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Trump says tweeted meme about holding office forever was ‘of course’ a joke
President Donald Trump has sometimes joked about remaining in office for longer than eight years, but for the commander in chief, it all seems to be a big prank on the “Fake News” media.
In an interview with The Hill on Monday, Trump said that “of course” he is joking when he suggests that he will not relinquish power after two terms, but he knows that it drives his enemies “crazy” to tease the idea. Trump referenced a humorous Friday tweet which imagined a scenario in which Trump would stay in office forever.
While it was obviously a joke, humorless liberals have expressed concern that Trump will actually stage some kind of junta and remain in power indefinitely.
Driving them crazy
Days after launching his re-election campaign in Florida, Trump blasted off an instantly meme-worthy tweet that elicited howls of laughter from supporters — and the usual snide derision from critics. The video tweet, which parodied a Time magazine cover, showed a series of Trump campaign lawn signs in sequence, beginning with “Trump 2024” and going all the way up to “4eva,” set ironically to the tune of “In the Hall of the Mountain King.”
Time magazine did not appreciate the joke. The outlet pedantically “fact checked” the video, pointing out in a reply that the video was (obviously) “manipulated.” Many liberals were offended by Trump’s suggestion that he would trample over the 22nd Amendment, which limits presidents to two terms.
Trump briefly pinned the tweet, which he told The Hill “drove people crazy ’cause they don’t think it’s kidding.” Asked if it was a joke, Trump said, “Of course. But it drives them crazy.”
It wasn’t the first time that Trump has joked about staying in office for more than two terms, and it may well not be the last. Speaking in the interview, Trump suggested he might stay in office longer than the Constitution allows to get a rise out of his opponents.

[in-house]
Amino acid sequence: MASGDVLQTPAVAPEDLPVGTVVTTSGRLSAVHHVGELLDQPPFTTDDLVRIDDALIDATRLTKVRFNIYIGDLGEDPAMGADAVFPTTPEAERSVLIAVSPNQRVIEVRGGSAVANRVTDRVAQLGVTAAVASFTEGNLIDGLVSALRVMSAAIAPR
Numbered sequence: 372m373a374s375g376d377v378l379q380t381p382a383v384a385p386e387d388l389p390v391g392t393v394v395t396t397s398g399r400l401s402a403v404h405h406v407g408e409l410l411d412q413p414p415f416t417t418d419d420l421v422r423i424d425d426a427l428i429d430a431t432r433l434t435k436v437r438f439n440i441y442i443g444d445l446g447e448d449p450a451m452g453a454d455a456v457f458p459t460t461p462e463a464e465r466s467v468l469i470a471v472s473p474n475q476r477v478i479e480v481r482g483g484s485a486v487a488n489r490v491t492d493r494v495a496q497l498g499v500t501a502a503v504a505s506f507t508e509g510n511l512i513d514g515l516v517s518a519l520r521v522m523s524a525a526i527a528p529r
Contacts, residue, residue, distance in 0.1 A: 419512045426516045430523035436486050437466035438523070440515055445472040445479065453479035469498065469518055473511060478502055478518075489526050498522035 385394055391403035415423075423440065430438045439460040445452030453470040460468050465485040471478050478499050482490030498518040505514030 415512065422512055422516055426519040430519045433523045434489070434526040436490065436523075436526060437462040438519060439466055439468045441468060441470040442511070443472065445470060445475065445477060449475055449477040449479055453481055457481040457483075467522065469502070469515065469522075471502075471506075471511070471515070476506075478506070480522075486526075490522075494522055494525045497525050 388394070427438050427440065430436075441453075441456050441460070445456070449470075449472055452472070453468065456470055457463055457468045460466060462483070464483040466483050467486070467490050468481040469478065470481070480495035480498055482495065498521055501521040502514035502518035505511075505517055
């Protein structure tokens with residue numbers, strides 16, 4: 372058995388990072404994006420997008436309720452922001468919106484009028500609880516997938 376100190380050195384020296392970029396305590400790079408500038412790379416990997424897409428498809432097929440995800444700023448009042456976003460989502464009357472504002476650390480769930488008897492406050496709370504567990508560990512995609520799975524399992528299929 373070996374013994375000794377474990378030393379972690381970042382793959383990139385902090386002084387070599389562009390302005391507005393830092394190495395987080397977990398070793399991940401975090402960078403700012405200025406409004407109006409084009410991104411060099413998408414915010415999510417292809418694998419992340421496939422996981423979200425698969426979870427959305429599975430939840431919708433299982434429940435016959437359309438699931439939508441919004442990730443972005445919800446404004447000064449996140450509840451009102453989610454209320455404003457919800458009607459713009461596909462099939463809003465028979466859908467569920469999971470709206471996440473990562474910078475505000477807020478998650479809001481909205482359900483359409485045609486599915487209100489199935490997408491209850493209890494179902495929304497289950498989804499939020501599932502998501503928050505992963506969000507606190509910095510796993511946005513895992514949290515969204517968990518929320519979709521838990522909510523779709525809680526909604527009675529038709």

“Well, we have to go through the six years or whatever it may be when — when you know, would I like to get a ride out of some of your compatriots, say, go through the six, 10, 14, maybe 18 years, whatever it may be.”
Trump tweeted a similar video last year that spliced together footage of liberal media pundits mocking his election chances in 2016. The montage video then frantically speeds through footage of election night as those same nay-sayers realized what was about to happen.
The humorless left
Of course, the politically correct left wouldn’t know humor if it killed them. Hillary Clinton never told a joke that wasn’t poll-tested before hand; for stiff-lipped liberals who think comedy should be a form of secular preaching, Trump’s sense of humor is bizarre and even threatening.
It’s a truism that Trump is funnier than any comedian who tries to parody him (sorry Alec Baldwin), mainly because liberals take themselves too seriously for their pained efforts at indoctrination-by-entertainment to actually be funny. In a time when Saturday Night Live has the tenor of Sunday School, Trump’s scorn for the polite conventions of the “elites” is an endless joy.
Naturally, some on the perpetually offended left have speculated that Trump’s jokes may be more than that — that Trump, in fact, may not surrender power peacefully when he is removed from office. Speaker Nancy Pelosi (D-CA) recently suggested that Trump will not accept the 2020 election result if he loses.
For the left, such fears play into a false narrative of persecution in which Trump is a tyrant trampling over the Constitution. For the president, though, it all seems to be a big inside joke with his base. Trump has generally raised the possibility of staying in office longer than the Constitution allows either on Twitter or at campaign rallies, where he serves up improvised political entertainment mocking his foes.
Last week, Trump wondered aloud on Twitter whether his supporters would “demand that I stay longer.” At a rally in Florida last month, he similarly suggested that staying in office for “10” or “14” years would be a good way to rile up the media.
“There’ll be headlines tomorrow: ‘Donald Trump wants to break Constitution,’” Trump jibed.
For Trump and many of his supporters, Trump’s jokes are just that — jokes — at the expense of Trump’s enemies, sure, but not a national security threat. While humorless, perpetually offended talking heads may struggle to understand Trump’s sense of humor, his supporters clearly don’t.
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